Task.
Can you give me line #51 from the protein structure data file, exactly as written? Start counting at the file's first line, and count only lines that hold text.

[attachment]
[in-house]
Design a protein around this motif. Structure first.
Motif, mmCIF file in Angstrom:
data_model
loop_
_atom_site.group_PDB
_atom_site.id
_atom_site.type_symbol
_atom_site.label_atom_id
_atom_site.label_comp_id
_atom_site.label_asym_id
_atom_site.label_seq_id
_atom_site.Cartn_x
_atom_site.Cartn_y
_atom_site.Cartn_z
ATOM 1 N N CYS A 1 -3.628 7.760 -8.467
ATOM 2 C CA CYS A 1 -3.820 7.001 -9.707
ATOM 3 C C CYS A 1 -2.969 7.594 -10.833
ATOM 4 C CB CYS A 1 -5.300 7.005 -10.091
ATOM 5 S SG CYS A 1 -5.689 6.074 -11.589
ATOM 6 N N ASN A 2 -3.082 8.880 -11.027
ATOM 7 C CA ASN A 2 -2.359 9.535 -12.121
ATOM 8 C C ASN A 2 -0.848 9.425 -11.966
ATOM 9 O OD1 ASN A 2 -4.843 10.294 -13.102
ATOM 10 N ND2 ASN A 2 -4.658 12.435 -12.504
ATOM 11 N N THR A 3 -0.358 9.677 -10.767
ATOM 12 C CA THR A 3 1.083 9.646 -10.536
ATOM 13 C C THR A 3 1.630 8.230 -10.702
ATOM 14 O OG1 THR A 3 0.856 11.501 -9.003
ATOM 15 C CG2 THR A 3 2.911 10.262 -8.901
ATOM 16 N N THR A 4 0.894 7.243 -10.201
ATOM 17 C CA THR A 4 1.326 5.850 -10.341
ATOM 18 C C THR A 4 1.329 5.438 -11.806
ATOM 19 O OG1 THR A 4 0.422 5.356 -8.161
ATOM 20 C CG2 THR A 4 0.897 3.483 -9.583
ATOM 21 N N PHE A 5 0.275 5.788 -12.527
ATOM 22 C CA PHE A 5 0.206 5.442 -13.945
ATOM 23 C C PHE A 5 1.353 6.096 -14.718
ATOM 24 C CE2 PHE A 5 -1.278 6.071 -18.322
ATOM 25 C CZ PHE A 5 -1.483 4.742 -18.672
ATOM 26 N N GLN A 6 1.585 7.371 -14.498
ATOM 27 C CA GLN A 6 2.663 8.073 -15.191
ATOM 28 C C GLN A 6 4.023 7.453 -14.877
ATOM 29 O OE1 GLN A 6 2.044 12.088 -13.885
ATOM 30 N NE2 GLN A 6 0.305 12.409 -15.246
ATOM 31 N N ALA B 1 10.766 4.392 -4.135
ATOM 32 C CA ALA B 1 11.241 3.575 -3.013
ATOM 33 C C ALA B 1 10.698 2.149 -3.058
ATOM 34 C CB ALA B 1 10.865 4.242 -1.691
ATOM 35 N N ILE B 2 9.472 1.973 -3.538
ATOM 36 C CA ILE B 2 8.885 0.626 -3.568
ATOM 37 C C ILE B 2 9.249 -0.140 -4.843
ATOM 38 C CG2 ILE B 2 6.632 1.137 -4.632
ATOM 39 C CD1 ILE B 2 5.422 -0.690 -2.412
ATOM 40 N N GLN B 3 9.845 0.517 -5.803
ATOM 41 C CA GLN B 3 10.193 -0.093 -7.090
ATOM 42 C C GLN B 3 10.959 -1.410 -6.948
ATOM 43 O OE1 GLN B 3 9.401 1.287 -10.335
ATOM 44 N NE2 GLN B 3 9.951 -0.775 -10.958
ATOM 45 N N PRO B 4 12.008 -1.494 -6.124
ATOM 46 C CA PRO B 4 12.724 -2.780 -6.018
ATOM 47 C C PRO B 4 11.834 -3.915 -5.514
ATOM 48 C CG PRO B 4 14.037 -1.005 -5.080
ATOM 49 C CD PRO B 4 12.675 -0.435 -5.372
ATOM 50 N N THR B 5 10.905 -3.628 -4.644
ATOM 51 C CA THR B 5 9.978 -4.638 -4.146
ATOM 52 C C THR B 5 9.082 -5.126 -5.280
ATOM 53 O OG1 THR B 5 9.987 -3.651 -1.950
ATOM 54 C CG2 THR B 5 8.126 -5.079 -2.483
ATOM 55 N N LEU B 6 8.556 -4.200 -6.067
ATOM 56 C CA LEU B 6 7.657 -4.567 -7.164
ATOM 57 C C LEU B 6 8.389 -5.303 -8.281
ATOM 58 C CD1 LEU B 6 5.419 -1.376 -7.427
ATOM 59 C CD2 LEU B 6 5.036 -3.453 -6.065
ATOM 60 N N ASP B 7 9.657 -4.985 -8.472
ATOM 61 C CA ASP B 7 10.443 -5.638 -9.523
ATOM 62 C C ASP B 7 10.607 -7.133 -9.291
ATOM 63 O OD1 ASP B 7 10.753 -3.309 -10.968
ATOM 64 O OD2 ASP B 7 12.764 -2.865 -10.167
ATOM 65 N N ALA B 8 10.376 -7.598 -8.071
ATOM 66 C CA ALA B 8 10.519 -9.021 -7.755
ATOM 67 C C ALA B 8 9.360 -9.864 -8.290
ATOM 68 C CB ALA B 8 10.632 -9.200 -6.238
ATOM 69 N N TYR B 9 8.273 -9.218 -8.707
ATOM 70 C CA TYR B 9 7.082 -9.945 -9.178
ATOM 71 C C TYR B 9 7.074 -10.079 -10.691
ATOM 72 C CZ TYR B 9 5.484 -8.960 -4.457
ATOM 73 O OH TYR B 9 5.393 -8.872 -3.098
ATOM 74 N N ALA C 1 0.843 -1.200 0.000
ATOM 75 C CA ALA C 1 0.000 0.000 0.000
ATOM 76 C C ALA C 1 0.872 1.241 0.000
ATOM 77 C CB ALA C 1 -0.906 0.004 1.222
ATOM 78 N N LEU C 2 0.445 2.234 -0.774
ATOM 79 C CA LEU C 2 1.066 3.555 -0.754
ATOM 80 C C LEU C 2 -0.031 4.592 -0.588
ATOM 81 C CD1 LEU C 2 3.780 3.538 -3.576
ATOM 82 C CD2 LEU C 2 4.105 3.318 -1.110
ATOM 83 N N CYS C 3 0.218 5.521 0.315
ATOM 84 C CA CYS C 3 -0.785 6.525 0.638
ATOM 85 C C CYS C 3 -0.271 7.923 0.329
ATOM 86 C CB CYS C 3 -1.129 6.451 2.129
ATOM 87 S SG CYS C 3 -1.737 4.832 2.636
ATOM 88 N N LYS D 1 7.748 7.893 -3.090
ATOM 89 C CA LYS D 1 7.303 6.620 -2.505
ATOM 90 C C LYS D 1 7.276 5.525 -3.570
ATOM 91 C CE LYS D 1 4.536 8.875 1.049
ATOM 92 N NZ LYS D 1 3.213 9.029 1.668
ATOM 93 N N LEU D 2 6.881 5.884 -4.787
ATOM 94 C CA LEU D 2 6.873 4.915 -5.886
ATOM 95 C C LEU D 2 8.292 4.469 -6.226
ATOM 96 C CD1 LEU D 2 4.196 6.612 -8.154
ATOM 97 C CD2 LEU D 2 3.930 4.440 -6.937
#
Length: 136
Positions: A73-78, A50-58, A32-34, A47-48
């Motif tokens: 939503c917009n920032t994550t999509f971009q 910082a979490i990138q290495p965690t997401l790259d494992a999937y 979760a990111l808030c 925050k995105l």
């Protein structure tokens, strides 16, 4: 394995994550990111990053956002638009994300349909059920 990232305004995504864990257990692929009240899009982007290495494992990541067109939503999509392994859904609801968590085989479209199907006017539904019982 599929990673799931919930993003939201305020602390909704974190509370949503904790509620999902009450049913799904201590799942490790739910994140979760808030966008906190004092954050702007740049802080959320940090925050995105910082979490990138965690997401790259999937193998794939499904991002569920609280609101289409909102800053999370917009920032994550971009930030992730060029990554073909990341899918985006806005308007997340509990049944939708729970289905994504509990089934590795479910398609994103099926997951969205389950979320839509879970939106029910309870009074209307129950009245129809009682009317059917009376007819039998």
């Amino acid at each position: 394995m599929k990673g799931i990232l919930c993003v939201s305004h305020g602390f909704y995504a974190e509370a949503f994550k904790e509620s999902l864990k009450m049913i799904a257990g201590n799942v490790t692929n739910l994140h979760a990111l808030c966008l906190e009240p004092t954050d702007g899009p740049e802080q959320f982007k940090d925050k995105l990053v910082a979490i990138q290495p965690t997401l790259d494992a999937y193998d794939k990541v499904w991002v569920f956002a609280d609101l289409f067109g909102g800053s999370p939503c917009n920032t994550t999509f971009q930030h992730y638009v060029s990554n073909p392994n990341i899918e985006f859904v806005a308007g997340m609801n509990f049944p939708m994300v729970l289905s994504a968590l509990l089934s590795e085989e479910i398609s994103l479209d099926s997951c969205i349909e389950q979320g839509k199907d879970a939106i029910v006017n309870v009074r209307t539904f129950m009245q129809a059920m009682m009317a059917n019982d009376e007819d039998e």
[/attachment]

ATOM 36 C CA ILE B 2 8.885 0.626 -3.568